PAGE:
Learn More: Bongo Grave Post
The Bongo ethnic group is located in Sudan and is made up of many family sub-divisions. In his research paper about the Bongo, Santandrea categorizes the Bongo into two main groups: the Tonj kinsmen and the Wau. Within these groups there can be even more sub-divisions. There is little chiefdom organization and a clear system has not been developed. As a result, there are not chiefdoms that have been in charge for several generations. This allows for more diversity in leadership. (Santandrea, 9)
In the Bongo society, some graves have carved posts with human like figures that are made for higher status individuals. There is no known ritual that would be done when erecting such grave posts; they are simply there to honor the dead. Historically, most grave markers would have been accompanied by a second post with notches carved into it that were said to indicate the number of enemies the dead man had killed or the number of large animals such as elephants, lions, hippopotamus, rhinoceros, and buffalos, he had killed. There are specialized individuals who are commissioned to create these posts. These woodcarvers are typically from the Tonj group of the Bongo. (Evans-Pritchard, 35-38) (Santandrea, 74).
The Bongo grave post in the PLU Collection is a male figure, made out of wood, and is approximately 58 inches in height. On the face, there are small metal pieces put in a symmetrical pattern (three rows of 12 on the forehead, three by three rows on the cheeks near the nose, and four by four rows on the bottom portions of the cheeks), which are meant to represent tattooing that is typically done by the Bongo. There are more metal pieces embedded on the chest of the figure (11 metal pieces on the right nipple, and 10 metal pieces on the left nipple). The face also has a slightly protruding forehead, slit like eyes, and mouth that is oval shaped and slightly open. The figure on this grave post has a skinny long torso with arms that have distinct fingers bend slightly and resting on hips. There are also two bumps on the stomach of the figure, which represent the piercings that men fill with wood in order to create these distinct bumps. Additionally, the ankles of the figure have bands of metal adorning them (11 on the right, 10 on the left). (Evans-Pritchard, 9)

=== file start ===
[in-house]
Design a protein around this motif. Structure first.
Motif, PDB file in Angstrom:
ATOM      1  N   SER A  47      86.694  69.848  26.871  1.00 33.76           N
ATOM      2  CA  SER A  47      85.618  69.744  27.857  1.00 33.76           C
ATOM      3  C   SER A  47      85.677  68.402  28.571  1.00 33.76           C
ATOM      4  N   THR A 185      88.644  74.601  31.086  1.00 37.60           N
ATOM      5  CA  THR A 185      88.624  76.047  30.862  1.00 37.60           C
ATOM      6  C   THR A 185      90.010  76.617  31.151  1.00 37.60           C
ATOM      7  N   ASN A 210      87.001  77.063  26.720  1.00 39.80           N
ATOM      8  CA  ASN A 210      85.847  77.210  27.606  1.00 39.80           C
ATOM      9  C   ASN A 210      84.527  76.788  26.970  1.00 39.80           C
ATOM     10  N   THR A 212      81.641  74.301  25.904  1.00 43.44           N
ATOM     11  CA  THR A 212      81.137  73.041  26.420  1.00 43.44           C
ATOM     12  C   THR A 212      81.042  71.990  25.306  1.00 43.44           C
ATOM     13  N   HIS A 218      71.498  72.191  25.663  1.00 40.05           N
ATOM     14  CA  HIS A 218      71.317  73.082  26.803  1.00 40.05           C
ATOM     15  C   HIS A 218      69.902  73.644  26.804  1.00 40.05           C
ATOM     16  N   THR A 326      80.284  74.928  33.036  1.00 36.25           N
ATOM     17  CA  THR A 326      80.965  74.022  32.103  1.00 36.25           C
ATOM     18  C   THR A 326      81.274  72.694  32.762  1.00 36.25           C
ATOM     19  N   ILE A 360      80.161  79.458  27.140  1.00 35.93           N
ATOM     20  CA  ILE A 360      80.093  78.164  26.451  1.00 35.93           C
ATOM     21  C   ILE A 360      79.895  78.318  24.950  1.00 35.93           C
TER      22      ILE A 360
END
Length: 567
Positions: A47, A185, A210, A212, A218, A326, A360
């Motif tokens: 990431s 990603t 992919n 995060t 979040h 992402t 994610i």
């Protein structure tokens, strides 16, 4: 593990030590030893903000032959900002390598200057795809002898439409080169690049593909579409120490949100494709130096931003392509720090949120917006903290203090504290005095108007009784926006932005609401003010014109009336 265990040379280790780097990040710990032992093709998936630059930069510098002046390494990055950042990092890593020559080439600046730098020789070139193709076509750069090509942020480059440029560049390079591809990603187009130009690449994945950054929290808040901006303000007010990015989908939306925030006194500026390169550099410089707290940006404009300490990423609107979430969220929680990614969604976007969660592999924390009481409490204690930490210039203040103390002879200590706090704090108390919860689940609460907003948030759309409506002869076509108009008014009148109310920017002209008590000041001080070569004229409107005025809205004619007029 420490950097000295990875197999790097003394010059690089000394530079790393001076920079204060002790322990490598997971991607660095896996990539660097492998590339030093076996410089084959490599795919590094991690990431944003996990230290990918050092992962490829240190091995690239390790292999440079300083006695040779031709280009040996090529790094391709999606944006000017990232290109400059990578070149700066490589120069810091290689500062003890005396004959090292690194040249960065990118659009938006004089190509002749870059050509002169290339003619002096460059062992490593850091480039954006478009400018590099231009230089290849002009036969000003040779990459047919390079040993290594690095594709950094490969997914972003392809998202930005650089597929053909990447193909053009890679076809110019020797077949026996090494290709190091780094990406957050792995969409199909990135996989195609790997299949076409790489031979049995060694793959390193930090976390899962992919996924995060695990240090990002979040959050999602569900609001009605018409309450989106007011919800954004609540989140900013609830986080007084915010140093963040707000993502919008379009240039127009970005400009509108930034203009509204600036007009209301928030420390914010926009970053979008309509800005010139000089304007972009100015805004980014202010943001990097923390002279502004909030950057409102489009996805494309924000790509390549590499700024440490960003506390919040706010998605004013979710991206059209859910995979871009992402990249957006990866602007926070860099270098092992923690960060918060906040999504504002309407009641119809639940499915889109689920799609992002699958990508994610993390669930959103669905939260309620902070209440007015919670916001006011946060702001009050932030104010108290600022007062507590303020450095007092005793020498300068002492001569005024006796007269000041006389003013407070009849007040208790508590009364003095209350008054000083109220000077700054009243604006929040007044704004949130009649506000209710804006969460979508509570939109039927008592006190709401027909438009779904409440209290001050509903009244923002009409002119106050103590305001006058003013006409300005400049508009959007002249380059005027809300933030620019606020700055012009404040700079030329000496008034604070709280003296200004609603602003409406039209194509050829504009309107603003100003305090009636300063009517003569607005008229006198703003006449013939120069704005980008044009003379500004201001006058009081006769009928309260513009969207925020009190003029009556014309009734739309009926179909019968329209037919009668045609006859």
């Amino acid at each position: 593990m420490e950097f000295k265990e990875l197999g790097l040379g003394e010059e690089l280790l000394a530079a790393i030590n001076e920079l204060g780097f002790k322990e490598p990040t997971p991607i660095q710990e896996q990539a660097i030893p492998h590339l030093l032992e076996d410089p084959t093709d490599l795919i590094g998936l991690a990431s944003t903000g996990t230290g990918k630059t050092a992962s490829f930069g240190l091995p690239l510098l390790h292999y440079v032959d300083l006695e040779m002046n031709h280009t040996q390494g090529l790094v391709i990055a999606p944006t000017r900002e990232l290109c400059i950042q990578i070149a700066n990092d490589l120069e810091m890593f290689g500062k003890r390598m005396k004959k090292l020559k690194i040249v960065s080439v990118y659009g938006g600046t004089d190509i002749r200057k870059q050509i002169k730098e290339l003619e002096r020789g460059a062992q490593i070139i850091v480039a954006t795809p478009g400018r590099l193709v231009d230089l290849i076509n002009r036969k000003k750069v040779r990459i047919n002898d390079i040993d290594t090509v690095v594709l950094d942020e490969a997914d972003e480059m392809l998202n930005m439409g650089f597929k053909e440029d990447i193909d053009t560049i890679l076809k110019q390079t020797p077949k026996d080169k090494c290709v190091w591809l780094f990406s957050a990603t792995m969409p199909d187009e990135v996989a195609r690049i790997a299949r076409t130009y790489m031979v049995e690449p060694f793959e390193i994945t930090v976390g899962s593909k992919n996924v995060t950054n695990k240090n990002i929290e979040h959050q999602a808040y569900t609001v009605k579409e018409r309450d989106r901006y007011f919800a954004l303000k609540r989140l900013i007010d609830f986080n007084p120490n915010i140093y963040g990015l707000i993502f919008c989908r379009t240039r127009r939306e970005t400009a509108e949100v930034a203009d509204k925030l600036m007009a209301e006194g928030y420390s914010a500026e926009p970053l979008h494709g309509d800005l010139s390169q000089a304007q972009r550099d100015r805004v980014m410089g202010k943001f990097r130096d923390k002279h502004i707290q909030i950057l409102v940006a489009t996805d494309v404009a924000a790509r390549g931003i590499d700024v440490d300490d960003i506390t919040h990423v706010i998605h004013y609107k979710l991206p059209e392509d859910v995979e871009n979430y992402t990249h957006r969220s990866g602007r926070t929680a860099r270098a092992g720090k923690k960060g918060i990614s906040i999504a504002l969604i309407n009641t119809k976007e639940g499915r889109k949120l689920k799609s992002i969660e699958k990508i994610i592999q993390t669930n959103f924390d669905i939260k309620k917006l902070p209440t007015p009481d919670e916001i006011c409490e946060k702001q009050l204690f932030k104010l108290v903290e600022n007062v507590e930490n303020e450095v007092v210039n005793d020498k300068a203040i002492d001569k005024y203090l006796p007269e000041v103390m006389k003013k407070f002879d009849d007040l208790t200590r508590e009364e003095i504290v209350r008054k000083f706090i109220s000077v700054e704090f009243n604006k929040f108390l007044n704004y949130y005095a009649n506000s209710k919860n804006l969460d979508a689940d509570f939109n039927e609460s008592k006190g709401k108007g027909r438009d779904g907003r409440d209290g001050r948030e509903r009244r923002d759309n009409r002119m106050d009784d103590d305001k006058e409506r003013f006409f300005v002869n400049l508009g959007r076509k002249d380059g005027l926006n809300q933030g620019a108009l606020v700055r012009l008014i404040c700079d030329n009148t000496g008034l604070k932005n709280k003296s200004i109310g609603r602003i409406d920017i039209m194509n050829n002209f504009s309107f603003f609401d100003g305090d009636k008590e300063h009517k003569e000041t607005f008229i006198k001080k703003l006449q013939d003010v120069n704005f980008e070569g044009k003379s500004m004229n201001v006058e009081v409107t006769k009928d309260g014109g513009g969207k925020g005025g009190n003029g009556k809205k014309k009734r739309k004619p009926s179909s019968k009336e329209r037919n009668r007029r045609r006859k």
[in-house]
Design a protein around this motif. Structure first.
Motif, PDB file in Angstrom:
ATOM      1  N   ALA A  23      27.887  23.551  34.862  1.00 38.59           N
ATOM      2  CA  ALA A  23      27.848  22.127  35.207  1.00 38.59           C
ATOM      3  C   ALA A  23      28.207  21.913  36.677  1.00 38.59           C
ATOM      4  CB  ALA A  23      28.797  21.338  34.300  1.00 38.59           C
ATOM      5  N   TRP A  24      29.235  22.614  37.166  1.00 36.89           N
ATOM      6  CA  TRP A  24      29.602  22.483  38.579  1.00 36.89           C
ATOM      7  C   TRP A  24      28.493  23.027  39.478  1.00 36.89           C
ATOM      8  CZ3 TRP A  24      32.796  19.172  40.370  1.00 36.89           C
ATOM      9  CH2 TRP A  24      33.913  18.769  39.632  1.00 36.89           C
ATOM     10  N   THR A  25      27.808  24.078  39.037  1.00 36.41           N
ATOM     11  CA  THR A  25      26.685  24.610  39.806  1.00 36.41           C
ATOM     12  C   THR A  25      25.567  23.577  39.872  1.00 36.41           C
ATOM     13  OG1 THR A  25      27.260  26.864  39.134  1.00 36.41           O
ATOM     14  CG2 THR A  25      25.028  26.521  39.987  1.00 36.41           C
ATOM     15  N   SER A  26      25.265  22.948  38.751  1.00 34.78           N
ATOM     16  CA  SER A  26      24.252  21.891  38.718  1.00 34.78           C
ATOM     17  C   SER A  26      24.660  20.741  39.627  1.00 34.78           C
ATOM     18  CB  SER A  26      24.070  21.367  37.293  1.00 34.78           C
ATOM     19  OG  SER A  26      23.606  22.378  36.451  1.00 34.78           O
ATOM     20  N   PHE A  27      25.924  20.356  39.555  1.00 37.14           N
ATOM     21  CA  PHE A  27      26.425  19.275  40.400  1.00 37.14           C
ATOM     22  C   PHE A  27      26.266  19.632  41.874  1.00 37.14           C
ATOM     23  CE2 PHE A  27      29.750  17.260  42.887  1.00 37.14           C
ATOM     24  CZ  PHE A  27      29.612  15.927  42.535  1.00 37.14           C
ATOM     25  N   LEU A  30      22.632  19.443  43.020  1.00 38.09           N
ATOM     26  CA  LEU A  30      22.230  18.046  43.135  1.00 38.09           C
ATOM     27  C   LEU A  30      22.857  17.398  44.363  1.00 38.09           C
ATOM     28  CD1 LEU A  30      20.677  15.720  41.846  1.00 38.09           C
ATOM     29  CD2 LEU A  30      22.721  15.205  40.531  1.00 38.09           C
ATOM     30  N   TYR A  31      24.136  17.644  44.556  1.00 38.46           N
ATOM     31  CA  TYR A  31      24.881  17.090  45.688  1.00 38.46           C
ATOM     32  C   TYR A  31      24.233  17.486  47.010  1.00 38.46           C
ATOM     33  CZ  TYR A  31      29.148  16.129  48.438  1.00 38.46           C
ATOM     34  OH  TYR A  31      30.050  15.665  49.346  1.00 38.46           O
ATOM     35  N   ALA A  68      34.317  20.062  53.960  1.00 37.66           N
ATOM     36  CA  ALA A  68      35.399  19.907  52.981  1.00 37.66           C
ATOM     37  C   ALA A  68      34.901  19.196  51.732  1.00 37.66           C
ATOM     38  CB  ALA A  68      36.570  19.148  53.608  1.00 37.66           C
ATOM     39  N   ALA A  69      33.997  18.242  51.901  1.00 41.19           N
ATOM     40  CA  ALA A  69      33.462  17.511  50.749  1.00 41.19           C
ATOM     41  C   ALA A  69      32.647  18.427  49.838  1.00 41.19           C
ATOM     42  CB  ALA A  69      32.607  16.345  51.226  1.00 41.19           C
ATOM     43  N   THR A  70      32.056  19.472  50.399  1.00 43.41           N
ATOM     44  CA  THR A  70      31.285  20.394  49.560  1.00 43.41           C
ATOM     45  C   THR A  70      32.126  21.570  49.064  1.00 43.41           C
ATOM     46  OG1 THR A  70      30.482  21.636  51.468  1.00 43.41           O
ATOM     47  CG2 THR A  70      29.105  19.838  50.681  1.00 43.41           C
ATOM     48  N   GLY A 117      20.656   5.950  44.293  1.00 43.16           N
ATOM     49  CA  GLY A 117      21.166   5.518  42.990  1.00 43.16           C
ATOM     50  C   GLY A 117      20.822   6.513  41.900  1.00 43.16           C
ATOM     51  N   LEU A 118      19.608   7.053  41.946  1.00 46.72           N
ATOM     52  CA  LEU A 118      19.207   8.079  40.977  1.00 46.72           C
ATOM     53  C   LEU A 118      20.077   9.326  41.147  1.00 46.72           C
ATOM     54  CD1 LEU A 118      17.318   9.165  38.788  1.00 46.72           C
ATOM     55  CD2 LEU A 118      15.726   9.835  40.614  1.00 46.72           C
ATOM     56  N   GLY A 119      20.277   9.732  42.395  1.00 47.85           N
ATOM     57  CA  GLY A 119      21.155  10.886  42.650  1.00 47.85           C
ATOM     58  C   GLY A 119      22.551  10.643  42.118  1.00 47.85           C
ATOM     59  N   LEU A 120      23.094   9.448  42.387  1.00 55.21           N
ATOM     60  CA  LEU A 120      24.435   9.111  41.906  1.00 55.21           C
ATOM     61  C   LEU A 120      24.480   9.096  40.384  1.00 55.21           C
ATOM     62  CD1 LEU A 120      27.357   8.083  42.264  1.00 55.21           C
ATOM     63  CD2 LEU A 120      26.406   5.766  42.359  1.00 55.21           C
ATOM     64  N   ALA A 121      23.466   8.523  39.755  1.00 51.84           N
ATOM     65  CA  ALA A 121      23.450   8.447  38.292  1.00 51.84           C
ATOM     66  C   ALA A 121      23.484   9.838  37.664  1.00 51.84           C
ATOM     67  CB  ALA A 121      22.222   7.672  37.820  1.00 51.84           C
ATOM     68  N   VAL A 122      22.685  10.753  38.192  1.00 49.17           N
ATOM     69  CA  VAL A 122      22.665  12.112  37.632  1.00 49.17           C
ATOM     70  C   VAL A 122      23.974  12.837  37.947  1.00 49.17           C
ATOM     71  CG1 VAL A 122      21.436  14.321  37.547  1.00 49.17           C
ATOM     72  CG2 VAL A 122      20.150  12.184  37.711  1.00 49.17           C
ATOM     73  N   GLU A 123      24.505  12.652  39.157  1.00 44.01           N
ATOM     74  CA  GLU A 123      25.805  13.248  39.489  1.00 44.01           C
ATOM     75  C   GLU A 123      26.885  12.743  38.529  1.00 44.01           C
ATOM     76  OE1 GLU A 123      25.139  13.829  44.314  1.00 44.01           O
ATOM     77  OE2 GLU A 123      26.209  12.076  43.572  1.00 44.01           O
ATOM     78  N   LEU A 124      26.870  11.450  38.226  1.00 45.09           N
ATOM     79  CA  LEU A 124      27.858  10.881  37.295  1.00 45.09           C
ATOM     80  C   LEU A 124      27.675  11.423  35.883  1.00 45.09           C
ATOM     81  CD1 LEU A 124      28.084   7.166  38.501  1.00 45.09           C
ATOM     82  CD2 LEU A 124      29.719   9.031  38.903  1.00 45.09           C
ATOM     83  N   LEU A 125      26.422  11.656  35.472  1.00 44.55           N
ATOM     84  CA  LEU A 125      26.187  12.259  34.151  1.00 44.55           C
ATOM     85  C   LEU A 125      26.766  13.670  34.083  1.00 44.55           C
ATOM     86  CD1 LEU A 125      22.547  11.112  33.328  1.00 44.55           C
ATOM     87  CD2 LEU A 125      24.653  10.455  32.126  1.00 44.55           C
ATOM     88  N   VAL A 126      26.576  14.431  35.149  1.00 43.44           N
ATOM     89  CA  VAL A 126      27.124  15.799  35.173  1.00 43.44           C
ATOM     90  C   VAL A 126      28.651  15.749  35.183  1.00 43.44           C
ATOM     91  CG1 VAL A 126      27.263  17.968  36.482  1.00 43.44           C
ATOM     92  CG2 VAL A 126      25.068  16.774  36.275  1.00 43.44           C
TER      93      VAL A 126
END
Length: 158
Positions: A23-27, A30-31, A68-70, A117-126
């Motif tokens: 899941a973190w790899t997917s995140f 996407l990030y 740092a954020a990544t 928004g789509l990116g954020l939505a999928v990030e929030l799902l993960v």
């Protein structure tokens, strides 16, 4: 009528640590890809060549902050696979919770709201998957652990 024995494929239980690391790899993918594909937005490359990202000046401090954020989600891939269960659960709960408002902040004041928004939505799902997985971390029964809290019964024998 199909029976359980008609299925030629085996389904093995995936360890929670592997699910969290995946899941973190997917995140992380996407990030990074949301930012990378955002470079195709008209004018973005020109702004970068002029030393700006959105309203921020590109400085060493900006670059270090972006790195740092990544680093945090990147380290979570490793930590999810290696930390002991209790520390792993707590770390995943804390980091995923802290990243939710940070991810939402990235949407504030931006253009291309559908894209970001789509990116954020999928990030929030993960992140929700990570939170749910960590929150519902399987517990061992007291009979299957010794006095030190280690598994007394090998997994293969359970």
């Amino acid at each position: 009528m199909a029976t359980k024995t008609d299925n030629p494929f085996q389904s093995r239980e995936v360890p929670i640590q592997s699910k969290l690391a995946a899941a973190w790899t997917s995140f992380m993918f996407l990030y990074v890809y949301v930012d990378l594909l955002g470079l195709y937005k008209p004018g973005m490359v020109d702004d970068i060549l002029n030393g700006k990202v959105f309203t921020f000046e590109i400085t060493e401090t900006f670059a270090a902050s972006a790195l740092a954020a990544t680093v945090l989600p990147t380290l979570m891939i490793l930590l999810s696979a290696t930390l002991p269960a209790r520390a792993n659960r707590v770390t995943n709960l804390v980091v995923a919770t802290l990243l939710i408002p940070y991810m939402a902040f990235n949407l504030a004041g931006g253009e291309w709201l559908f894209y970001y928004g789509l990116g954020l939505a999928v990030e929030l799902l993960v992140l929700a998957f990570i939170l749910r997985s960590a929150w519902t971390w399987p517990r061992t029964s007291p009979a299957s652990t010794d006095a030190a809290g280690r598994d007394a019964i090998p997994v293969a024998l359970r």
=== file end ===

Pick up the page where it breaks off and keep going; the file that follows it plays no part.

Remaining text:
Woodcarving among the Bongo is a dying tradition. When Fr. S Santandrea went to Africa to study the Bongo society in the mid-1900s he noted that he only found two grave posts and that they were of poor quality. During this time, the government attempted to set up a workshop in order to allow Bongo artist, such as woodcarvers, a place to do their work, but since Bongo art was not very popular in the market, this workshop did not have much success. (Santandrea, 77).
– Michaela Thompson ’16, History and Anthropology
Santandrea, S. “Notes on the Bongo.” Sudan Notes and Records 39, 1968.
Evans-Pritchard, E. E. “The Bongo.” Sudan Notes and Records 12:1, 1929.